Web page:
Ray Dalio is the founder of the world’s largest hedge fund, Bridgewater Associates, which, as of last month, manages approximately $154 billion in global investments. Forbes estimates Dalio’s net worth to be $15.3 billion, placing him within the top 30 on the magazine's list of the 400 richest Americans. With one of the most impressive track records in the history of the hedge fund industry, the unconventional life and methods of Ray Dalio offer a fascinating study for aspiring traders and investors.
Born in 1949 in the borough of Queens in New York City, Ray Dalio was an only child. His father was a jazz musician who played both the clarinet and saxophone; from him Dalio inherited a lifelong love of music.
When Dalio was eight, the family moved to the suburban community of Manhasset on Long Island. Although he wasn't a stellar student, he was industrious, earning money from jobs here and there, such as a paper route. From the age of 12, he worked as a caddy at the exclusive Links Golf Club, where the stock market was a common topic of conversation.
The young Dalio learned about stock trading from club members and, with $300 he had saved, invested in Northeastern Airlines, an affordable stock at $5 per share. It proved to be a lucky move as the company was taken over shortly thereafter, tripling the value of the shares.
His early success spurred him to research, and he began to delve into annual reports and seek advice from experienced investors. Dalio continued to invest successfully during his high school years and grew his account substantially by the time he graduated.
While attending Long Island University, Dalio continued to invest in the stock market and began to learn about commodity futures. The futures market was appealing in part due to relatively low margin requirements that allowed him to take larger positions with less capital. Unlike in high school, Dalio excelled academically in college and later gained admission to Harvard Business School.
After graduating from Harvard, he spent a year at Dominick & Dominick, LLC, as director of commodities. He later moved to Shearson Hayden Stone, where he worked in the commodity-futures department giving advice on hedging risk. (For more, see How Companies Use Derivatives To Hedge Risk.) However, after a fateful disagreement with a departmental boss, he was fired from the company.
Dalio founded Bridgewater in 1975 at the age of 26, initially operating out of his two-bedroom apartment. He began by advising corporate clients on currency exchange and interest rate risks. The firm’s growth was boosted after gaining McDonald's (MCD) and one of its major suppliers as clients. Bridgewater went on to manage investments for the World Bank and Eastman Kodak Co. (KODK) during the 1980s. The firm now works with clients that include foreign governments, central banks, pension funds and university endowments. Based in Westport, Conn., it's grown to approximately 1,500 employees.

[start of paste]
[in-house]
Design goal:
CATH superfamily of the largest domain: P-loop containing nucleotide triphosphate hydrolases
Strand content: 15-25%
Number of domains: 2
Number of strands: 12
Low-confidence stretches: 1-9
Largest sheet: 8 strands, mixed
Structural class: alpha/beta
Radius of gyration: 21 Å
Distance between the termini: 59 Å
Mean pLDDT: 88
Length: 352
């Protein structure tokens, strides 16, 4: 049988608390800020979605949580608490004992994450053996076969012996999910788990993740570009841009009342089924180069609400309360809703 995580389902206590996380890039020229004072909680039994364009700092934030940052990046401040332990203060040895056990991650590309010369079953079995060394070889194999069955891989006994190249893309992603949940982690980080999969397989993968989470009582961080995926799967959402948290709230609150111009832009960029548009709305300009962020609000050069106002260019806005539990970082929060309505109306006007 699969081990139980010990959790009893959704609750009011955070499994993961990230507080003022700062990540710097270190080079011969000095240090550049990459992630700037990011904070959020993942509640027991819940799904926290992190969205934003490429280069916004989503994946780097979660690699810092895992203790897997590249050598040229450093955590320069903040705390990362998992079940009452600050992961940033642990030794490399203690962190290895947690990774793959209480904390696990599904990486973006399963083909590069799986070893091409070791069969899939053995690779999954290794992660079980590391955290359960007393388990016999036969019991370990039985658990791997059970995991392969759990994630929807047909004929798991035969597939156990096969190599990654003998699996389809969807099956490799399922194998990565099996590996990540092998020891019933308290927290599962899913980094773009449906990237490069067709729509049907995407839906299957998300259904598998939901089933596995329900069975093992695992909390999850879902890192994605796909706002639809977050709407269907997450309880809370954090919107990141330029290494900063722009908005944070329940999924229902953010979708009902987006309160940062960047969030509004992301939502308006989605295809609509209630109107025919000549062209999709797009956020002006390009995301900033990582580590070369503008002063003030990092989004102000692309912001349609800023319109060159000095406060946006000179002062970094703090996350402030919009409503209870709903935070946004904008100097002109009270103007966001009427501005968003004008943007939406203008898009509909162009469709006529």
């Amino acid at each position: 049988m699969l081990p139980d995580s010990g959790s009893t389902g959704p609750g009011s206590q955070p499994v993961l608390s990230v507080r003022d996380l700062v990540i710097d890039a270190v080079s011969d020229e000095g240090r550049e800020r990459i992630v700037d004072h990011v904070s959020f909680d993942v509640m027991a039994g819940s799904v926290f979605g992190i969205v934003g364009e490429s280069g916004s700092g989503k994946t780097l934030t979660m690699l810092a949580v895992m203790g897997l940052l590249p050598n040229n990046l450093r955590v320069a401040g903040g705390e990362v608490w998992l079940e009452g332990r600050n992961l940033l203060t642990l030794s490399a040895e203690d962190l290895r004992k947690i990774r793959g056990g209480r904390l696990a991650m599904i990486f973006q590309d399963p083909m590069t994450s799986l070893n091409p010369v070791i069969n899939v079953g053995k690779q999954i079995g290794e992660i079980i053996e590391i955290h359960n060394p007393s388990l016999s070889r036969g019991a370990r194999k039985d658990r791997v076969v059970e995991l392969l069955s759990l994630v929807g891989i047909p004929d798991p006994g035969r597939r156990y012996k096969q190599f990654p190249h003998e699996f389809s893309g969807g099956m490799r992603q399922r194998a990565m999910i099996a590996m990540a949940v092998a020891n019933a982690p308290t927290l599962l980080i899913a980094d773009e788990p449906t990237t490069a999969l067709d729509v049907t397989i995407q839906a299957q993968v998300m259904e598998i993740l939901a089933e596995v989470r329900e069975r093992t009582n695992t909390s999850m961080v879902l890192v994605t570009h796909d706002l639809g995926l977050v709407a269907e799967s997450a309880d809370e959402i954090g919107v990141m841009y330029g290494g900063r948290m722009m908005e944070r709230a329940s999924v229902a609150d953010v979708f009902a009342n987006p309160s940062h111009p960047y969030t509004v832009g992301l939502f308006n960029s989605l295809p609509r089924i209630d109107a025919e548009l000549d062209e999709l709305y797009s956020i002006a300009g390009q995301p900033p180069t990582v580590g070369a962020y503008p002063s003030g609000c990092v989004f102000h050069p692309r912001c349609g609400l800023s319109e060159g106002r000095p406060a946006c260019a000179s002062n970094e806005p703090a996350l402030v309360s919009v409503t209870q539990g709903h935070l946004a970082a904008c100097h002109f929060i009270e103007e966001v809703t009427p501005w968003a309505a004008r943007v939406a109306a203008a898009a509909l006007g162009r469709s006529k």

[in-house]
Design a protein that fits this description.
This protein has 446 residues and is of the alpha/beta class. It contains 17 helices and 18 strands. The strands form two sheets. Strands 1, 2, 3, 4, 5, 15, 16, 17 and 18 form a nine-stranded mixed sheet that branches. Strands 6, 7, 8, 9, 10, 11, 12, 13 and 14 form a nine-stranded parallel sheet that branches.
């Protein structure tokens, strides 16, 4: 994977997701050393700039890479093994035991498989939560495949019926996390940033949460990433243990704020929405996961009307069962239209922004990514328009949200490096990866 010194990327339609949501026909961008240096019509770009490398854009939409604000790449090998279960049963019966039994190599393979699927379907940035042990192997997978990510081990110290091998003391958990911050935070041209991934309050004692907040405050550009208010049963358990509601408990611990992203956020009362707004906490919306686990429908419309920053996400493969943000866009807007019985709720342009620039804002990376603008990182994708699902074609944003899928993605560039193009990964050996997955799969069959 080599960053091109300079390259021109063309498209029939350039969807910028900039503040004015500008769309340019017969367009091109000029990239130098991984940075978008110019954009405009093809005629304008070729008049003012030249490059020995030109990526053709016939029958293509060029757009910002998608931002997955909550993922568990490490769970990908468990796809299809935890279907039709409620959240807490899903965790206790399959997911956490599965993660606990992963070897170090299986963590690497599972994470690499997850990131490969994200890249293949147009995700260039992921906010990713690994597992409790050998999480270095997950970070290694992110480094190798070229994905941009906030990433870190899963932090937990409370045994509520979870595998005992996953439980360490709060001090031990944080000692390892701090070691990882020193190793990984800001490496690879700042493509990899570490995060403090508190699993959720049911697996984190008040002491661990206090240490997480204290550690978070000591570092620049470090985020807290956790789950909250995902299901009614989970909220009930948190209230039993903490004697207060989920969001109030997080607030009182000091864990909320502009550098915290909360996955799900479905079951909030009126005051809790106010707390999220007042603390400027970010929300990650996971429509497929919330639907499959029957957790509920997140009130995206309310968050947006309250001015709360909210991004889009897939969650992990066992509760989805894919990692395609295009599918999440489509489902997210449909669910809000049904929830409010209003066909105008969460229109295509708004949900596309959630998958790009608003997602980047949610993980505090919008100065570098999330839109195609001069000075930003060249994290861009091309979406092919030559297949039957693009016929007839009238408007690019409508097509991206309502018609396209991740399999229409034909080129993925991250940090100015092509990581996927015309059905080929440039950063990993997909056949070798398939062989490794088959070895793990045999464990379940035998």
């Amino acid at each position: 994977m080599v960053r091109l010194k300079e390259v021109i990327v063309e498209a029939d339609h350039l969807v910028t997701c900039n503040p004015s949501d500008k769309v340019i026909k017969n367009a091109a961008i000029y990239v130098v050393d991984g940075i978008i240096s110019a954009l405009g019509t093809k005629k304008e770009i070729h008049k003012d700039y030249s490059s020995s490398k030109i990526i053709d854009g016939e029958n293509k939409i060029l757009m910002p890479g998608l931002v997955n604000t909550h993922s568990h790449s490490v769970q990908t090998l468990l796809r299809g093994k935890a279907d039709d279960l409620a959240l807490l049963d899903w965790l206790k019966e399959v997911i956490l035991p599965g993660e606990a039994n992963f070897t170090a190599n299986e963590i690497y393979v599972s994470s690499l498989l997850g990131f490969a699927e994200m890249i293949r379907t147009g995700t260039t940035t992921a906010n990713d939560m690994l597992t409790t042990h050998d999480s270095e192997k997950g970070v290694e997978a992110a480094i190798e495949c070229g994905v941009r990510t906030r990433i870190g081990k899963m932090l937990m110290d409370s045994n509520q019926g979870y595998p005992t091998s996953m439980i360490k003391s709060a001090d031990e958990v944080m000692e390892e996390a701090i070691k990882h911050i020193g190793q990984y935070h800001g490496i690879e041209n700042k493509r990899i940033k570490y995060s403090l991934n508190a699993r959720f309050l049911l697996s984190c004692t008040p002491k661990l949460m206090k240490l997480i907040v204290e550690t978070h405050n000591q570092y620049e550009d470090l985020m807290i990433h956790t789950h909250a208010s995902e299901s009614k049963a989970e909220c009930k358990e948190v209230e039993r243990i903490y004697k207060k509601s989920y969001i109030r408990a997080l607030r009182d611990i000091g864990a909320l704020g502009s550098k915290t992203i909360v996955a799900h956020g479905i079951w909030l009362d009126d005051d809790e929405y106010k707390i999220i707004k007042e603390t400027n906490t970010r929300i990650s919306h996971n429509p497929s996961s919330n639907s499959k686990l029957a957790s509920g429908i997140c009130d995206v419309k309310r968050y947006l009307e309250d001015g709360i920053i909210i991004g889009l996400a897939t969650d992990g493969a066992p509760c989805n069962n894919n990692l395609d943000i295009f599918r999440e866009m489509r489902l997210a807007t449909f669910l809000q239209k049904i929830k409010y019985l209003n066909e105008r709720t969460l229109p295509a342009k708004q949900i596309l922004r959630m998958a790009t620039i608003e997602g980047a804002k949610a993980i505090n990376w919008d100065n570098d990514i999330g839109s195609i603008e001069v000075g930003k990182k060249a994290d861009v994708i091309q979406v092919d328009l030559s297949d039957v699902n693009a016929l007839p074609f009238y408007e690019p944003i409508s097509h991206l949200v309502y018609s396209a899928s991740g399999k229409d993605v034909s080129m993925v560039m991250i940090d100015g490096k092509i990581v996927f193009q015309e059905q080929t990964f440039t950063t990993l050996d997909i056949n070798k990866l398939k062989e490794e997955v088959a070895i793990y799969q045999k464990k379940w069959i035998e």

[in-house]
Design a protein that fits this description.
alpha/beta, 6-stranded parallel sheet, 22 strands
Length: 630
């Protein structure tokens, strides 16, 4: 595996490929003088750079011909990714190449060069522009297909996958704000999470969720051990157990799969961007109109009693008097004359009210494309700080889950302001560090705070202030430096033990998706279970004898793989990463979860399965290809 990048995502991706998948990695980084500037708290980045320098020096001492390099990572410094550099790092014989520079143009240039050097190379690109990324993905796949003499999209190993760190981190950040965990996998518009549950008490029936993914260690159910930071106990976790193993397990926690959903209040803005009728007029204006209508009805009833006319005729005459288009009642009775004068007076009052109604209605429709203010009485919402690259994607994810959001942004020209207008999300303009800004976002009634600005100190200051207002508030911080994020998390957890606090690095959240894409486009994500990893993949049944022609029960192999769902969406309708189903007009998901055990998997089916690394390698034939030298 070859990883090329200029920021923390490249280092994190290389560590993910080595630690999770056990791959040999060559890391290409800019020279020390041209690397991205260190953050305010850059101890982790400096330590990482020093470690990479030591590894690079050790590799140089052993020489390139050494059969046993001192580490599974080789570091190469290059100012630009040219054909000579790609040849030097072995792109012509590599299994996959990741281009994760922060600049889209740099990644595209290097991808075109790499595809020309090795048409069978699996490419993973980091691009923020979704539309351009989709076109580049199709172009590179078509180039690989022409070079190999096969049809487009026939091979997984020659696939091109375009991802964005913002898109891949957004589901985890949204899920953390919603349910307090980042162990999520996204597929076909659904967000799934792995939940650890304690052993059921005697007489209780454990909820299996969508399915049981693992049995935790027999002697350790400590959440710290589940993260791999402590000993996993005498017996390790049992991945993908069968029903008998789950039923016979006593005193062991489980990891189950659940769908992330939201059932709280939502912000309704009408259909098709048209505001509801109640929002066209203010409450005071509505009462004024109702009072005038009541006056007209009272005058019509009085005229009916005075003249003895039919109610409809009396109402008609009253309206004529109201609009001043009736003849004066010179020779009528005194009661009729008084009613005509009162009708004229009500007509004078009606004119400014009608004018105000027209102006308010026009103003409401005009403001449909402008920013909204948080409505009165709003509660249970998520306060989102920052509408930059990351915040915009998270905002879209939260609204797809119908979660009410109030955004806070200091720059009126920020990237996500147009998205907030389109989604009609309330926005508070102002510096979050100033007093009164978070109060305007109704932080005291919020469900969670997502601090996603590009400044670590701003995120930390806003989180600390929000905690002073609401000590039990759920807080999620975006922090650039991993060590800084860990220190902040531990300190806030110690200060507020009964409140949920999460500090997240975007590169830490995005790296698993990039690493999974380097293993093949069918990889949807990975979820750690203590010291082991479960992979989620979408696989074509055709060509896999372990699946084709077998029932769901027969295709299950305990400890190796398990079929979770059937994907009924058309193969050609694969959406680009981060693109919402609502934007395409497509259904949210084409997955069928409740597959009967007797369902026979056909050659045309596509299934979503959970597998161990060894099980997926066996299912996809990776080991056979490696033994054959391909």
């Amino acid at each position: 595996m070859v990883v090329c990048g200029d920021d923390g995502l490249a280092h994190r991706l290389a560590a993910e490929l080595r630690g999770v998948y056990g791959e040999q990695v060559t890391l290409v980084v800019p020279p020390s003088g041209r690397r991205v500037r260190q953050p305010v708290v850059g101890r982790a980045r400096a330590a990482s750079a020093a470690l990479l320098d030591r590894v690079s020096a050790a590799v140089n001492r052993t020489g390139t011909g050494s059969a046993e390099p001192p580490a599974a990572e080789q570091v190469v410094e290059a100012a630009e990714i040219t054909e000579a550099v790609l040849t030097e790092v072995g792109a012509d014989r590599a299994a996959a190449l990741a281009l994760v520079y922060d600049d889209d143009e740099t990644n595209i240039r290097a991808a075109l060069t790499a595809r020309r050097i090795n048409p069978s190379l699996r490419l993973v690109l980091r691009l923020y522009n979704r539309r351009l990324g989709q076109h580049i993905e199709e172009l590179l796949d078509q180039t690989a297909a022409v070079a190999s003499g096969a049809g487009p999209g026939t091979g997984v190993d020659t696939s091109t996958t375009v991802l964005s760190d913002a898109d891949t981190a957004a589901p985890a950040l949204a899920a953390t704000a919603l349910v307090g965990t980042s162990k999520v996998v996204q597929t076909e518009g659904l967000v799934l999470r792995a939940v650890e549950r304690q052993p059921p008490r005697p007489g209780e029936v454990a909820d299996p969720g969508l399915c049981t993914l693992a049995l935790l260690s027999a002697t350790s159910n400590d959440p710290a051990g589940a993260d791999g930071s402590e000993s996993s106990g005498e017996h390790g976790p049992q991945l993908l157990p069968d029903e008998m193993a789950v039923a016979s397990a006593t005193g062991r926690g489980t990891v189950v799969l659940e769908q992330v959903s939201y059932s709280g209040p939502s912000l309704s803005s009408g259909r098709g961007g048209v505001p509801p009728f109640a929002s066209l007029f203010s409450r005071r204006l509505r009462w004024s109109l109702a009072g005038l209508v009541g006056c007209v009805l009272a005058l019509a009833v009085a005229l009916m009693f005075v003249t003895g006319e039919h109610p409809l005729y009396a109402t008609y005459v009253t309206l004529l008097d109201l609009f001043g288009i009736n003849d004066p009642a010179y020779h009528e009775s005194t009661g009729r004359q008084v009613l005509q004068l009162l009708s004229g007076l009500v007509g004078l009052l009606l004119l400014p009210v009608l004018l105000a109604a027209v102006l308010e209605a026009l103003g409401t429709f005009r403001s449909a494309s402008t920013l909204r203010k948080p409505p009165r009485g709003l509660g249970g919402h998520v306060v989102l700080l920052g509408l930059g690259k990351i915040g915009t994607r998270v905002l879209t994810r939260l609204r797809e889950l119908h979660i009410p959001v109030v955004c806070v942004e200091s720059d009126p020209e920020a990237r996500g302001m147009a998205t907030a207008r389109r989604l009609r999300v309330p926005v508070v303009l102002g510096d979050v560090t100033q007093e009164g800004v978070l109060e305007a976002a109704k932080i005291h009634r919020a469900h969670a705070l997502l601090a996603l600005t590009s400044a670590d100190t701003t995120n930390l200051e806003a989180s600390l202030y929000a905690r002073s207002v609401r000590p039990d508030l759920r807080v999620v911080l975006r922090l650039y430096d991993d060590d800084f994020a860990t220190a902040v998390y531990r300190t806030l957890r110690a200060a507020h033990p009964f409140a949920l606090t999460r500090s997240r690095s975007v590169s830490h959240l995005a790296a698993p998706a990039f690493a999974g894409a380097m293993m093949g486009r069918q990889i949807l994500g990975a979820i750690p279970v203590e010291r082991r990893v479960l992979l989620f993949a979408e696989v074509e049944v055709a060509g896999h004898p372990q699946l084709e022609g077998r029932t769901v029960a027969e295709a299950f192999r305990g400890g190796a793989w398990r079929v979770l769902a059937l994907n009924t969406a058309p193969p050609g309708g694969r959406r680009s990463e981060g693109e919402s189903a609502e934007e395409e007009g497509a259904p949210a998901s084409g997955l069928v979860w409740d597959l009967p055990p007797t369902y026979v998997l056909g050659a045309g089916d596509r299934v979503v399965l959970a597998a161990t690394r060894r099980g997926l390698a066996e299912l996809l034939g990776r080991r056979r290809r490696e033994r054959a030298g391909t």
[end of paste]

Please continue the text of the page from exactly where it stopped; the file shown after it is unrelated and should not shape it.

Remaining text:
Like George Soros of the Quantum Fund, Dalio is a global macro investor aiming to profit from the anticipation of worldwide economic trends using a range of financial instruments. Broad diversification characterizes the firm’s investment strategy, avoiding the risk associated with being concentrated is a single sector. As an analyst, Dalio occupies himself with understanding the puzzle of how economic and financial events relate to each other.
In 2007, Bridgewater foresaw the end of the housing and lending bubble and the danger of insolvency among large banks. In the aftermath of the 2008 financial crisis, it achieved a positive performance when most funds suffered large losses. (For more, see The 2007-08 Financial Crisis In Review.)
Remarking on the caliber of Dalio’s operation, former Federal Reserve chairman Paul Volcker, told The Economist that he sometimes feels that Dalio has “a bigger staff, and produces more relevant statistics and analyses, than the Federal Reserve.”
At Bridgewater, truth and excellence are the highest values. Dalio encourages staff to challenge views and find truth by removing ego from decision-making. In 2011, Dalio published a lengthy manual called "Principles" that outlined his core views on investing and corporate management. Critics have sometimes described the firm as cultish, pointing to the charismatic leader, well-defined values and secluded location. (The firm's office is located in a wooded area.)
Dalio and his wife Barbara have four sons and live in Greenwich, Conn. He enjoys rock music, outdoor activities and hunting. Dalio is also famously a longtime practitioner of Transcendental Meditation.
In 2011, Dalio signed The Giving Pledge. Led by Bill Gates and Warren Buffett, The Giving Pledge is a commitment by the world's wealthiest individuals and families to give the majority of their wealth to philanthropy. He has also created The Dalio Foundation, with assets of more than $800 million, which has provided support to areas such as conservation and education.
The Bottom Line
With an average lifespan of five years, the majority of hedge funds fail, which is consistent with the Efficient Market Hypothesis that suggests it's impossible to beat the market repeatedly over time on a risk-adjusted basis. Bridgewater, with 40 years of operation and an impressive track record, is an outlier. Along with a handful of other firms such as Renaissance Technologies, it serves to undermine the credibility of the Efficient Market Hypothesis. (For more, see World's Top 10 Hedge Fund Firms.)